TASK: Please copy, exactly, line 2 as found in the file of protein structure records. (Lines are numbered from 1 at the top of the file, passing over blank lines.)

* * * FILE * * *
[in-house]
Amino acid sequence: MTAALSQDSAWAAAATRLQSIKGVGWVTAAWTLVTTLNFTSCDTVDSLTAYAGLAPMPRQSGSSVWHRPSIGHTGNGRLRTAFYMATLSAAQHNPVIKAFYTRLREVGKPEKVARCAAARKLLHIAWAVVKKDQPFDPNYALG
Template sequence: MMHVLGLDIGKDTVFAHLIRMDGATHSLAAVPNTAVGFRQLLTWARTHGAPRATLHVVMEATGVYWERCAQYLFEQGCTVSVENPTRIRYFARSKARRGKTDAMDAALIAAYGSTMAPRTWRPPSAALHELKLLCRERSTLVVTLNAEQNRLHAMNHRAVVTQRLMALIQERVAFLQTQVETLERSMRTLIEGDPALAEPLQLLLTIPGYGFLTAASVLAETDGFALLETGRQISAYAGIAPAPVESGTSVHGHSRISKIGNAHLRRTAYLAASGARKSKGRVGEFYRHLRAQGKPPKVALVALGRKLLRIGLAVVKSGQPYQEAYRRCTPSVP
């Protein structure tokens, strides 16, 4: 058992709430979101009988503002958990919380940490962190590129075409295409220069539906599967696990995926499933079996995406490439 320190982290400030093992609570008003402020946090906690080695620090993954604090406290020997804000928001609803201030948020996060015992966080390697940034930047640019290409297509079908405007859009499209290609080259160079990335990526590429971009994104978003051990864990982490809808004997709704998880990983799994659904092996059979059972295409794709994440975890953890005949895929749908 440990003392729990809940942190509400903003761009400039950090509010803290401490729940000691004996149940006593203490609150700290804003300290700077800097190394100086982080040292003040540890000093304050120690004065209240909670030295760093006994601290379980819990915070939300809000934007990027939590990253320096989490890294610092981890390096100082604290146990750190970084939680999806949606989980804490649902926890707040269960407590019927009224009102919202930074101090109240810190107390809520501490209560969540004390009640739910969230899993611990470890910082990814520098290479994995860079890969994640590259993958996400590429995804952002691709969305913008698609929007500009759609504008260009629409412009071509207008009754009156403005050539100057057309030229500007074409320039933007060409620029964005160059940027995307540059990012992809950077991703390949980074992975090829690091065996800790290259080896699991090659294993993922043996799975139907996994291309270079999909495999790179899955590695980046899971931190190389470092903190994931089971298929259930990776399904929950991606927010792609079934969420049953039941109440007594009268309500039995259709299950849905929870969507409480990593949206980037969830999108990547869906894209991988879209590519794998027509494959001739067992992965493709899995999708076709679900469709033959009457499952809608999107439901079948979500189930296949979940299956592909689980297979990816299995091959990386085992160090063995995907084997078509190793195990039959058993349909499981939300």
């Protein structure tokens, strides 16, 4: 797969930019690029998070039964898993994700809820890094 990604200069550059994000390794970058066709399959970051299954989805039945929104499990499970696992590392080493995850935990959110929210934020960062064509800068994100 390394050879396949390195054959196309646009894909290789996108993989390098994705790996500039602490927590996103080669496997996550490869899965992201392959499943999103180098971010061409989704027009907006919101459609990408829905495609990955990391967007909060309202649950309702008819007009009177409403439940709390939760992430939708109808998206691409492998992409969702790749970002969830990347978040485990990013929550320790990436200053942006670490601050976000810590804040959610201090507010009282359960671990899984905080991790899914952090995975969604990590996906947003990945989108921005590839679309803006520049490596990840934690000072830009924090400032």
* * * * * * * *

Amino acid sequence: MTAALSQDSAWAAAATRLQSIKGVGWVTAAWTLVTTLNFTSCDTVDSLTAYAGLAPMPRQSGSSVWHRPSIGHTGNGRLRTAFYMATLSAAQHNPVIKAFYTRLREVGKPEKVARCAAARKLLHIAWAVVKKDQPFDPNYALG